Home Opinion Why Effective Emergency Management Requires Goals and Policies

Why Effective Emergency Management Requires Goals and Policies


By Allison G. S. Knox
Contributor, EDM Digest

Setting goals is an important component of policy-making in the American government system. Goals establish the overall framework for how a policy should be created, highlighting the resources and administration needed for the given policy.

The U.S. government system often puts policies in place to further solidify how special problems are handled at the local, state and federal levels. When it comes to emergency planning, it has become increasingly important to specify certain aspects of emergency management in the wake of Hurricane Katrina.

For example, Virginia  has established a series of emergency management laws to help map out overall goals and plans for first responder organizations. While it seems relatively obvious that emergency management would be handled in such a way to protect lives and property, the way the policies are written establishes the overall goals for how things should be handled in a crisis.

Policies as Goals

Specific policies highlight how an organization will work on a given issue. But emergency management policies need to be especially clear, so that first responder organizations can easily understand how an emergency should be handled. Without this precedent, effective emergency management is difficult.

Laying the Framework for Collaboration

Collaboration and leadership are important components of effective emergency management. Just as resources are needed in managing an emergency, collaboration among federal agencies is essential to providing the appropriate and necessary resources. Without policies and goals specified within a policy, it is difficult to envision just how resources and collaboration would come together at any level of government.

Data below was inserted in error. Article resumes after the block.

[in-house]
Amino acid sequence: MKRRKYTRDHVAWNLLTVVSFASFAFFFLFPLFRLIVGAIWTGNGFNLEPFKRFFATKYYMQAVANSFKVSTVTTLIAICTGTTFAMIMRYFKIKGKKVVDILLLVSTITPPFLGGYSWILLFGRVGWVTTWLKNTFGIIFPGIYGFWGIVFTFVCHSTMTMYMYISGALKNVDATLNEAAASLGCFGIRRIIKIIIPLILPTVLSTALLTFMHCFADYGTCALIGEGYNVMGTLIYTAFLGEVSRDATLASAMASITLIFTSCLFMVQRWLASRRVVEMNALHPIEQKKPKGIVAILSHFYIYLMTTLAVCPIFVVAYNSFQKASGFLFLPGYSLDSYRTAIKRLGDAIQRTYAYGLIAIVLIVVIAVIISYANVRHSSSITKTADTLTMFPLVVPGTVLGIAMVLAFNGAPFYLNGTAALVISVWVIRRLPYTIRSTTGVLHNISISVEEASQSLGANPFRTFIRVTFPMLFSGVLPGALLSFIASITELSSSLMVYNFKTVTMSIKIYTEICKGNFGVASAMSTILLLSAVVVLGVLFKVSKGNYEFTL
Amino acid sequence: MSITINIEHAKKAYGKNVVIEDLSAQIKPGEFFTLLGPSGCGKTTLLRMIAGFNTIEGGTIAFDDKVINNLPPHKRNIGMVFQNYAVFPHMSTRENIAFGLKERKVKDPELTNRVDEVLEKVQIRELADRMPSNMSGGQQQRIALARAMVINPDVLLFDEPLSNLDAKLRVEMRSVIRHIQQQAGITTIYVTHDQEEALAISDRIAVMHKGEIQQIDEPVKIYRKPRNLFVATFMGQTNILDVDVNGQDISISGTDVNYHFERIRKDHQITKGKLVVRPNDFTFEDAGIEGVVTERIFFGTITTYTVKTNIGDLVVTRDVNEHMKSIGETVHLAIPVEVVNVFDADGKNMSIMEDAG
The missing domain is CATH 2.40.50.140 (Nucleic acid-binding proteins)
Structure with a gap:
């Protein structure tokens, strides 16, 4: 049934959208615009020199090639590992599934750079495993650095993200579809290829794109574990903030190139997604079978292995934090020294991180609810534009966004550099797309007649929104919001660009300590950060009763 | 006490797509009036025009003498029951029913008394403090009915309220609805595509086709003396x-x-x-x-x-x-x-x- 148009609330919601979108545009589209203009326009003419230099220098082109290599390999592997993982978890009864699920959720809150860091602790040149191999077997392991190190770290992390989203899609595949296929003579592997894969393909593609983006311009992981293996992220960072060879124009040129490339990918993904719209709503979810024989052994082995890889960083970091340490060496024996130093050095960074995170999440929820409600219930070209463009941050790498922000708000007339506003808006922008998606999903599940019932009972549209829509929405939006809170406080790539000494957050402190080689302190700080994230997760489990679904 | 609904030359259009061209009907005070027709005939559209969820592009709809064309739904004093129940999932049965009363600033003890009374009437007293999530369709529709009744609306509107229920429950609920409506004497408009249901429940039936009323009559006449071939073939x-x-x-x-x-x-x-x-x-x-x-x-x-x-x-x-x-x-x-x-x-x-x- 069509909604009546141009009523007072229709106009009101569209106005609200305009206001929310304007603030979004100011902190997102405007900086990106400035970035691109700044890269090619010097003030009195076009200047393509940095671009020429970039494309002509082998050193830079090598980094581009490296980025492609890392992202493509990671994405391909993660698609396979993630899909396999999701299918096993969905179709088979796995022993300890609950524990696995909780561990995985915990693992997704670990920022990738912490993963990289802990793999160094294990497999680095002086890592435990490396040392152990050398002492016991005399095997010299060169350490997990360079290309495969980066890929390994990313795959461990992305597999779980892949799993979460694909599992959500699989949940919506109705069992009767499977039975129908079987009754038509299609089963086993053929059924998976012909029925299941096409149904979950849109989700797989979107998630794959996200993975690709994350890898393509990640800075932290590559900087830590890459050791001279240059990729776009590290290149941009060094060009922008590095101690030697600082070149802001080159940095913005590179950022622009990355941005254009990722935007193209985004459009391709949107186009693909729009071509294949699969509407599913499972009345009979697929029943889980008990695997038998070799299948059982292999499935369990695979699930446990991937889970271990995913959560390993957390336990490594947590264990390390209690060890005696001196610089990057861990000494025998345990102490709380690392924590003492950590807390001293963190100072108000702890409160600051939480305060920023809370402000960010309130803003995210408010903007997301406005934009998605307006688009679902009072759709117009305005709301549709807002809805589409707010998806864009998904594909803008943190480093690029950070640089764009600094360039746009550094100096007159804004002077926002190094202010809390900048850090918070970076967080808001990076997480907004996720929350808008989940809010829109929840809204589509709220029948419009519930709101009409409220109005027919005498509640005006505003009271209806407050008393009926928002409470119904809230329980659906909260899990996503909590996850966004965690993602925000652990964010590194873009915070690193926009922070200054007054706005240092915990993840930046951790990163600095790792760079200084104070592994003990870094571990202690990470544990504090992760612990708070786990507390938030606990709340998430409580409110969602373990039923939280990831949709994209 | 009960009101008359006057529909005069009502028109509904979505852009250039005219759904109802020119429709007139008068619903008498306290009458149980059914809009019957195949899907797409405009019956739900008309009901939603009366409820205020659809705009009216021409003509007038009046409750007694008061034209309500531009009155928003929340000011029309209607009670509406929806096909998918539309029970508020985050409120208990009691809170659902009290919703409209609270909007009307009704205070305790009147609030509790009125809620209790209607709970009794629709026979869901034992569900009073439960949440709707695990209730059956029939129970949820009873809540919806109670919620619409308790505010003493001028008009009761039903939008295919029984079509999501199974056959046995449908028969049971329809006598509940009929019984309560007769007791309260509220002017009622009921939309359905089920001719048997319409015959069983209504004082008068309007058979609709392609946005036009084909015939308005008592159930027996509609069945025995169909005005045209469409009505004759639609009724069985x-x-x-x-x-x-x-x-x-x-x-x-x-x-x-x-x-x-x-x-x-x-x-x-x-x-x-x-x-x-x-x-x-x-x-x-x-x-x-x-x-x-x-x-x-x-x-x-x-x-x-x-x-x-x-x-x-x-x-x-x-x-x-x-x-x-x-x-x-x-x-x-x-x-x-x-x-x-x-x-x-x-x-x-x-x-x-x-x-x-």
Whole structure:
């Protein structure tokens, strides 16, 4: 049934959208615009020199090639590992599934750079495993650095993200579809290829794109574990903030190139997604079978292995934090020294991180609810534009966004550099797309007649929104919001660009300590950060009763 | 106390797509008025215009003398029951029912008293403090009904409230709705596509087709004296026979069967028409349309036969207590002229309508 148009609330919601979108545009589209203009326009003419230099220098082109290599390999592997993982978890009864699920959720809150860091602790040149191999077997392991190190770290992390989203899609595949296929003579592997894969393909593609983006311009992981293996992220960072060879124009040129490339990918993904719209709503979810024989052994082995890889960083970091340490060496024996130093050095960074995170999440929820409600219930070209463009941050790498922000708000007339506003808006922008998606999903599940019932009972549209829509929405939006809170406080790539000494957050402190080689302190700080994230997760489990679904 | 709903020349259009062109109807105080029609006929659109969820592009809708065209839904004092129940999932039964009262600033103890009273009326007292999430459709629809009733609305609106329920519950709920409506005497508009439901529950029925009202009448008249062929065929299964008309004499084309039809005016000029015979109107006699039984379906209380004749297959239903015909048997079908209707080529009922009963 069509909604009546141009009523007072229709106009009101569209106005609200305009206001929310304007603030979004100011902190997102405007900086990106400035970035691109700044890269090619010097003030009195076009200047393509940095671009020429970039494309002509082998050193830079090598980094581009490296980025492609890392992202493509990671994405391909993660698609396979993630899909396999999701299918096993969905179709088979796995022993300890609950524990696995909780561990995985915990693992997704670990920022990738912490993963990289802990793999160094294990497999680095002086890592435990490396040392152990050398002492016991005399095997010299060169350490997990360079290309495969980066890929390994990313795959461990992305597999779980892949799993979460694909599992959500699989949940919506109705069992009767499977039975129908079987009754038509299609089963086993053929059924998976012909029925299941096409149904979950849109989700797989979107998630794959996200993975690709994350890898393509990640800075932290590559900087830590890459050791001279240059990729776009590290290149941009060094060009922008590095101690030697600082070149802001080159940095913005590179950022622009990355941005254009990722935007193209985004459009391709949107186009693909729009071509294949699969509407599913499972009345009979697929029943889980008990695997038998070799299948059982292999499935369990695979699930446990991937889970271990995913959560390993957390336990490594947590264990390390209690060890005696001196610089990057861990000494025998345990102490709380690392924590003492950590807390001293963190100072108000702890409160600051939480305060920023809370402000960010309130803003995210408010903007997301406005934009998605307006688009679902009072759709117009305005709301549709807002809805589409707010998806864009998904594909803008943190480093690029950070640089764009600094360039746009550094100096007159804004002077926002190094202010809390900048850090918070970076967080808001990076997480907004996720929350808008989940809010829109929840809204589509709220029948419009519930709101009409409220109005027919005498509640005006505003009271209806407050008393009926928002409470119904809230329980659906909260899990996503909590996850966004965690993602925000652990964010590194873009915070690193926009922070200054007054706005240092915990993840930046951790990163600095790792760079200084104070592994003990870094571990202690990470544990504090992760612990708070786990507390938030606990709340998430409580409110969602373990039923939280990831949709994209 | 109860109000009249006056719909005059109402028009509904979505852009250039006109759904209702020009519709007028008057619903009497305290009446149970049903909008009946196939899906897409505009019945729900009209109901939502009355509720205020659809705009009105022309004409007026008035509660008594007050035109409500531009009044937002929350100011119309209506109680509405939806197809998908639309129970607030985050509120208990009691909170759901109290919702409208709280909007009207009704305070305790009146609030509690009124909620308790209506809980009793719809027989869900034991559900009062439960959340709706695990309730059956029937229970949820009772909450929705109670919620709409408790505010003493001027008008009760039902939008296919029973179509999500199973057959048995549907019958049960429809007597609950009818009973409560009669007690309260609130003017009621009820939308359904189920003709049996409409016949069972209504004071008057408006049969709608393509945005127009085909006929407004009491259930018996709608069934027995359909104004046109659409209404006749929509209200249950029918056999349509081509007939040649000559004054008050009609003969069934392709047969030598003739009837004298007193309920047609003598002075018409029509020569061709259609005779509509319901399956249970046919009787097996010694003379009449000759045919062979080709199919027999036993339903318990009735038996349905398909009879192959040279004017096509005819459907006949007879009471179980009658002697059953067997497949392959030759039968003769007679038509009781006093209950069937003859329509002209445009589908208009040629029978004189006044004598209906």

In emergency management, collaboration is an especially important piece of the puzzle. For instance, the Virginia Emergency Management Office specified collaboration with other departments in its 2015 policy document. Doing so highlighted an overall vision and plan, ensuring that emergencies are effectively handled.

Policy Considerations

Goals are a major component of a policy because they highlight what a community wants to do in response to an event. Because emergency managers need to adapt to any circumstances and have contingency plans, emergency management plans establish goals for how the government will handle emergency situations. Without these plans, policies and goals, it is difficult to effectively manage any crisis.

Allison G. S. Knox Passionate about the issues affecting ambulances and disaster management, Allison focuses on Emergency Management and Emergency Medical Services policy. Allison has taught at the undergraduate level since 2010. Prior to teaching, she worked in a level-one trauma center emergency department and for a member of Congress in Washington, D.C. She holds four master’s degrees in Emergency Management, National Security Studies, International Relations, and History; a Graduate Certificate in Homeland Security; and a Bachelor of Arts in Political Science. Allison is an Emergency Medical Technician, Lifeguard, and Lifeguard Instructor, and is trained in Technical Large Animal Emergency Rescue. She serves on the Board of Trustees for Pi Gamma Mu International Honor Society as Chancellor of the Southeast Region, Vice Chair of the Tactical Emergency Medical Support Committee with the International Public Safety Association, and serves as the Advocacy Coordinator of Virginia with the National Association of Emergency Medical Technicians. She is also a member of several committees including the Editorial Committee with APCO, the Rescue Task Force Committee with the International Public Safety Association, and the Advocacy Committee with the National Association of Emergency Medical Technicians. She also serves as Chair of the Leadership Development Program for the 2020 Pi Gamma Mu Triennial Convention. Allison has published several book reviews and continues to write about issues affecting ambulances, emergency management, and homeland security.